Are customers' decisions influenced by how their bank operates?

How many of us would switch if our bank was found to have failings in areas such as diversity, sexual harassment and discrimination?

These themes - which are known as "non-financial misconduct" - are under the microscope like never before. 

The Financial Conduct Authority (FCA) - the UK's financial service regulator - has made it clear that non-financial misconduct is misconduct. And the way firms handle non-financial misconduct is “potentially relevant” to how they're assessed by the FCA.

We wanted to find out how much these themes affect where customers choose to put their money. So we ran a survey.

Overall, 48% of our respondents told us they would consider switching if their bank was found to have failings around non-financial misconduct.

But only 4% told us they have actually done so.

Switching banks: too much hassle?

So why the gap between intention and action?

According to 37% of our survey respondents, the main reason is hassle.

Transferring those direct debits and updating saved payment details is, for most us, too much life admin.

What makes this especially interesting is the broad promotion of the Current Account Switch Service, which moves all your direct debits and standing orders to a new account, and redirects any payments made from your old account to your new one.

But clearly, this message isn’t getting through. Or if it is, it’s still not enough to convince people to go through the hassle of switching.

A chart showing the main reasons people don't switch to a new bank, in order of importance: too much hassle, the belief that all banks are as bad as each other, a lack of knowledge about other options, loyalty to their bank, and the belief that ethical providers don't offer competitive products

A lack of alternatives?

Other than hassle, the next biggest reasons for not switching are:

  • A perceived lack of alternatives
  • The belief that "all banks are as bad as each other"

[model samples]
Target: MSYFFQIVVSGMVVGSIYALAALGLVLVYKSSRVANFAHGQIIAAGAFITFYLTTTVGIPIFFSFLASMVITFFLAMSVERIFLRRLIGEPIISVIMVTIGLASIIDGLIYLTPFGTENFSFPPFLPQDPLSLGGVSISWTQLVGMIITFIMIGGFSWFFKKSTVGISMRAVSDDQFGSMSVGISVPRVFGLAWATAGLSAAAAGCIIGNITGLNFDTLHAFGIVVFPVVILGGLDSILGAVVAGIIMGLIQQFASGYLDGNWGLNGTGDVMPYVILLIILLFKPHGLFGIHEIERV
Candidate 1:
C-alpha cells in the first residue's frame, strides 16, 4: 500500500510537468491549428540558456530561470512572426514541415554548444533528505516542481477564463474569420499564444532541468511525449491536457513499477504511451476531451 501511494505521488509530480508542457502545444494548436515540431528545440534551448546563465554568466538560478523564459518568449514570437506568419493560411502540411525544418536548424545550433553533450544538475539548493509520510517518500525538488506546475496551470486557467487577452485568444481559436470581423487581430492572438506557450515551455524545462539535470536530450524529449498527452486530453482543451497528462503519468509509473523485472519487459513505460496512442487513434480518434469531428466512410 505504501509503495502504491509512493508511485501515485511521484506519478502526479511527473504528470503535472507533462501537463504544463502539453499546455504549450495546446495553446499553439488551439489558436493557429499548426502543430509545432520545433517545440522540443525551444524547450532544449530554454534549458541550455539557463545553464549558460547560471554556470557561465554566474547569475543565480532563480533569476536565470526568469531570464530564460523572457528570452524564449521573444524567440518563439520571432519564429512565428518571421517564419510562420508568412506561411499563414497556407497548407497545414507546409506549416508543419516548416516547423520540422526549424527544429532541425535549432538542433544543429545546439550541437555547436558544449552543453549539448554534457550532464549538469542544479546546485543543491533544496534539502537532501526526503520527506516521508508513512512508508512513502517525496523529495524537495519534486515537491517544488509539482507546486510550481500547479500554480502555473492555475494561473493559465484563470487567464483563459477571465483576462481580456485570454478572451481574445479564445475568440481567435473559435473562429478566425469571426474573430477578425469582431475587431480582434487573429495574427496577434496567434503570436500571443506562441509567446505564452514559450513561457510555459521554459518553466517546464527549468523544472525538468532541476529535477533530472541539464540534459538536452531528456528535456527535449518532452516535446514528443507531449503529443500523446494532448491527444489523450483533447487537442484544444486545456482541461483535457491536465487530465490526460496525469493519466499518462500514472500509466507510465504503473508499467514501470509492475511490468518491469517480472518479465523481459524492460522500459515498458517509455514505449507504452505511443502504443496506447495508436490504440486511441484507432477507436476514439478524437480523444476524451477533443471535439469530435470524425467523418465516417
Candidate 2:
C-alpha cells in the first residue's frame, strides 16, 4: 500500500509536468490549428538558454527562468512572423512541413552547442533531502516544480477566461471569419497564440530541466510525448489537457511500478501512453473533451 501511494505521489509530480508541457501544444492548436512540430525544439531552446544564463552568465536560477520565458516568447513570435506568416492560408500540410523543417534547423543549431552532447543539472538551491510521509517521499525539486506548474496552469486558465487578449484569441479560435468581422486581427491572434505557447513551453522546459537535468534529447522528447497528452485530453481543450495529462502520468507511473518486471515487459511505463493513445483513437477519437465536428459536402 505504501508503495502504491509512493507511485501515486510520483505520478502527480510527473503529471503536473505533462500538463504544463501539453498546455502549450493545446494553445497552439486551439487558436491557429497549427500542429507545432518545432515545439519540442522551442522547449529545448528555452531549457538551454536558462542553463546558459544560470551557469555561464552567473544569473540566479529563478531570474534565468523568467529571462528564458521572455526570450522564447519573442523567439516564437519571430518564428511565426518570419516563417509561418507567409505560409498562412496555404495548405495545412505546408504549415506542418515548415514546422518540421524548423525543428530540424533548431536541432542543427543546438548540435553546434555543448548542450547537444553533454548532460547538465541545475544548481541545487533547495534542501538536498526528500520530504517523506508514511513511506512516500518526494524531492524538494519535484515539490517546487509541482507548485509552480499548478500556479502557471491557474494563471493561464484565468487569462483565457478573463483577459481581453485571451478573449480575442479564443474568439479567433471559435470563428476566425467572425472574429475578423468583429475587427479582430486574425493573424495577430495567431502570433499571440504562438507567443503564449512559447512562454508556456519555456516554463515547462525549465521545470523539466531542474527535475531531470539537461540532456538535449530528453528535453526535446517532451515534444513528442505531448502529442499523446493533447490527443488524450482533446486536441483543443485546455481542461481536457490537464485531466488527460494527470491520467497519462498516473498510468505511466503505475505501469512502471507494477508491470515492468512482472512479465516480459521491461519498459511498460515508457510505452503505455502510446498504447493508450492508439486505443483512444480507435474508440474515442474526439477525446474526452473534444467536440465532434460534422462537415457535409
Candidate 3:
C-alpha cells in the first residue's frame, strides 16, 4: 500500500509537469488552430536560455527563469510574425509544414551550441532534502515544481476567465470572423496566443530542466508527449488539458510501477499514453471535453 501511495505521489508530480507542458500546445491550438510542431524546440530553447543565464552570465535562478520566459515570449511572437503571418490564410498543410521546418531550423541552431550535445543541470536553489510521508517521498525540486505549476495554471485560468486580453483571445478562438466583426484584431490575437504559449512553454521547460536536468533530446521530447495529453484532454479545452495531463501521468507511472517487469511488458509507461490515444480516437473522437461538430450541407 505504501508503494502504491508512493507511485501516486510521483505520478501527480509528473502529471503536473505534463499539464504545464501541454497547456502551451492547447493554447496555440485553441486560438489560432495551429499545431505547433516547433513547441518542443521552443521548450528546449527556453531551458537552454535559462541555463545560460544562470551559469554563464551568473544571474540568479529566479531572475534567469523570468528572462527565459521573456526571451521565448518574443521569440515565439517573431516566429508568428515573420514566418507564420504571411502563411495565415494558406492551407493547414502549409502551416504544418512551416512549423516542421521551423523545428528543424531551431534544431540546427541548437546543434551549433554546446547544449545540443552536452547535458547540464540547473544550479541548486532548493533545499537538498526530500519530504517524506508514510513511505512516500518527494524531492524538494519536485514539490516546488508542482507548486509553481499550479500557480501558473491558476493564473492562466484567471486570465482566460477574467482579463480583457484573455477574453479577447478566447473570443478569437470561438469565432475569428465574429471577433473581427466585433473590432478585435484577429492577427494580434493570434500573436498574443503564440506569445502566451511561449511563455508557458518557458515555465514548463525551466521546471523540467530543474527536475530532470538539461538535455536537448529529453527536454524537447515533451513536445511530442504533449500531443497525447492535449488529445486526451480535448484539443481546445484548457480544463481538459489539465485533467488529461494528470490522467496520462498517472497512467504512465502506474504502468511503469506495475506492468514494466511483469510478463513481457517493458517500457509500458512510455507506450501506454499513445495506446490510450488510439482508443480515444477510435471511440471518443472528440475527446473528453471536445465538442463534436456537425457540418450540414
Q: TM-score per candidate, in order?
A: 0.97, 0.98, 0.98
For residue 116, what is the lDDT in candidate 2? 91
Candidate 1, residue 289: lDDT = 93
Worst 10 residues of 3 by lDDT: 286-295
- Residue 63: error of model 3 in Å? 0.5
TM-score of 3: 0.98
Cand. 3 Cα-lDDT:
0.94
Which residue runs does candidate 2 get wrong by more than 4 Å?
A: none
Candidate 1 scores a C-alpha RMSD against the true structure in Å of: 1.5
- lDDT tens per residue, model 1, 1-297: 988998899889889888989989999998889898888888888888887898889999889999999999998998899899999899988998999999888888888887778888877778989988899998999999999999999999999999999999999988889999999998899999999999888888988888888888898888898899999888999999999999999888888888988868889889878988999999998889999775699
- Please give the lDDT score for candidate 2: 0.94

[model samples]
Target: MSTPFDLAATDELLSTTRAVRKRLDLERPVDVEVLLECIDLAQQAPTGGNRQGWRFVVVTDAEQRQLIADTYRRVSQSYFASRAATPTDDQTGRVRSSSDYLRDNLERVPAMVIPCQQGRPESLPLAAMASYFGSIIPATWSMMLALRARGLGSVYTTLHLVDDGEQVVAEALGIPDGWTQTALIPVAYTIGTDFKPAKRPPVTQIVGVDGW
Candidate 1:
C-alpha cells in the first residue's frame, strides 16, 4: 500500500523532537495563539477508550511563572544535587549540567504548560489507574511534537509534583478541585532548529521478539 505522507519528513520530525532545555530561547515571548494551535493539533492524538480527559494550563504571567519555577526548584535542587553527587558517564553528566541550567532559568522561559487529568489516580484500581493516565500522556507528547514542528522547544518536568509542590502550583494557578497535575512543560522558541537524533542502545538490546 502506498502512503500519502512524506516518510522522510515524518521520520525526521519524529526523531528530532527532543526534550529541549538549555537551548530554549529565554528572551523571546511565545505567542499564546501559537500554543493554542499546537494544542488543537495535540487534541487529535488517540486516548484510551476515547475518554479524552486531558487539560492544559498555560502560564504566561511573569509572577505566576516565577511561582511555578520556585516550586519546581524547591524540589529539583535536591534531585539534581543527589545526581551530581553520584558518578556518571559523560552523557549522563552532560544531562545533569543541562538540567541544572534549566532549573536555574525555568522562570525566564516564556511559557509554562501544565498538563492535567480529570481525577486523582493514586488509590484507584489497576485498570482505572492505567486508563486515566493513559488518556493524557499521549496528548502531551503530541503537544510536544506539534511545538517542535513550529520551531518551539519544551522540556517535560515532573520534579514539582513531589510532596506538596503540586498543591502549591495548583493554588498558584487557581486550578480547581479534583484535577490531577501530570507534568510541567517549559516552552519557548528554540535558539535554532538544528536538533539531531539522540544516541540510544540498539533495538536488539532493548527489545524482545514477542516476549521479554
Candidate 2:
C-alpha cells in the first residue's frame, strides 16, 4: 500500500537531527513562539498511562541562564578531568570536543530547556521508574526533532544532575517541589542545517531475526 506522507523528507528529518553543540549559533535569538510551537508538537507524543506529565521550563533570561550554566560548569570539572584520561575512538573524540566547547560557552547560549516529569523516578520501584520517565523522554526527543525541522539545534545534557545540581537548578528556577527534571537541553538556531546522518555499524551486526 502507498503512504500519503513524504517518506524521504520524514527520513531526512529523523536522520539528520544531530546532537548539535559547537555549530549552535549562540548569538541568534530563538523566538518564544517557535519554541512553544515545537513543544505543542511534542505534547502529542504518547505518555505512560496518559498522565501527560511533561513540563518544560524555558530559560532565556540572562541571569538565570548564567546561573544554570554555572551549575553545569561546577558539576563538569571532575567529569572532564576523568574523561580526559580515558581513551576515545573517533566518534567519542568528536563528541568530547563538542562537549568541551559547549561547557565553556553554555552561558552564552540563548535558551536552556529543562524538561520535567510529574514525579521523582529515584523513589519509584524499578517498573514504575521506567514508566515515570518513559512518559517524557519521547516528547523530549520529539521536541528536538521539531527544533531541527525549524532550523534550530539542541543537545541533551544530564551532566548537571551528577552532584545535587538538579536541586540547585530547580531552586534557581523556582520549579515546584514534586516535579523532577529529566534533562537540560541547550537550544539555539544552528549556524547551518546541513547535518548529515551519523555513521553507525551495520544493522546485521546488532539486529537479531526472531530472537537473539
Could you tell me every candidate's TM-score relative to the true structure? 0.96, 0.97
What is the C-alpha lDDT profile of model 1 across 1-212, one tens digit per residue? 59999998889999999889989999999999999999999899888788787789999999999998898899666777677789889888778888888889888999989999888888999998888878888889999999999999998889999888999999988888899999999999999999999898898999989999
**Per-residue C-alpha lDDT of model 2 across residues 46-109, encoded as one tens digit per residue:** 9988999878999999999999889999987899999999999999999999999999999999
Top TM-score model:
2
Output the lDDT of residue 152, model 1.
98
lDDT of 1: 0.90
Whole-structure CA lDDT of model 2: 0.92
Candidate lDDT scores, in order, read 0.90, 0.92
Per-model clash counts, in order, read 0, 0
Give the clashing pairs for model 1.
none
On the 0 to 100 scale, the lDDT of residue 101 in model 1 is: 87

Even among younger customers, these perceptions are still rife, despite the growing - and increasingly vocal - army of challenger banks that pride themselves on offering a completely new form of banking. Most of these banks are aimed squarely at younger demographics. Monzo and Starling, for example, draw the majority of their customer base from the "millennial" demographic.

How perceptions - and market shares - are changing

But the signs are encouraging. Recent figures from the Current Account Switch Service found that, between July and September 2018, 200,000 people switched their current account.

The two biggest winners are Monzo and Starling - followed by Triodos Bank, which launched an ‘ethical current account’ in 2017.

This research shows that customers are increasingly thinking about why they bank with particular providers, but the factors involved in the decision-making process to switch are many, and often, complex.

Why people would switch

We also asked our survey respondents which issues would make them most likely to switch banks. We learned that:

  • 58%: discrimination based on race
  • 54%: discrimination based on sexuality
  • 52%: poor environmental practices
  • 52%: sexual harassment
  • 38%: significant gender pay gap

Why people did switch

We asked our ethical switchers – all 4% of them – what specific examples of non-financial misconduct drove them to make the switch. The answers are illuminating.

“During the Scottish independence referendum, they publicly came down on the side of remaining in the UK.”

“The attitude of the manager towards both customers and his staff.”

“They invested in arms.”

“No specific reason. I just moved to a more ethical bank.”

“They funded weapons and fracking.”

“A friend of mine who worked for a major bank said that sexual harassment was so prevalent she had to change jobs. The least I could do was change my account.”

“The bank financed unethical businesses.”

“Excessive corporate pay.”

“Unethical, predatory practices. Funding war etc.”

“Ethical reasons - investments in money and where they invest.”

“The bank failing to upgrade IT infrastructure but paying big bosses millions of pounds in bonuses.”

“Environmental considerations.”

“The poor customer service, and their lack of understanding around mental health. All they thought of was money, money, money.”

“They support projects that damage the local community.”

“Pay gaps between male and female colleagues.”

“Bullying at work.”

A word cloud created using the free text entries of the survey respondents who had switched banks for any reason. The words 'ethical' and 'unethical' are particularly prominent, showing that these issues are important to banking customers

Among customers who had switched bank account, we can see from the language they used that issues around ethics are a consideration for an important minority.

Defining non-financial misconduct

When we talk about finance, we talk a lot about financial misconduct. These things are carefully regulated by the Financial Conduct Authority (FCA). For example, financial firms have to ensure the fair treatment of customers and can’t be involved in market manipulation.

We hear less about the non-financial side of things, but it’s becoming increasingly important. Diversity, bullying, discrimination – all these things can have an important on how a bank operate.

Non-financial misconduct includes things like: Bullying, discrimination, gender pay gaps and sexual harassment.

Smart Money People plans to shine a light further on culture in finance over the course of 2019.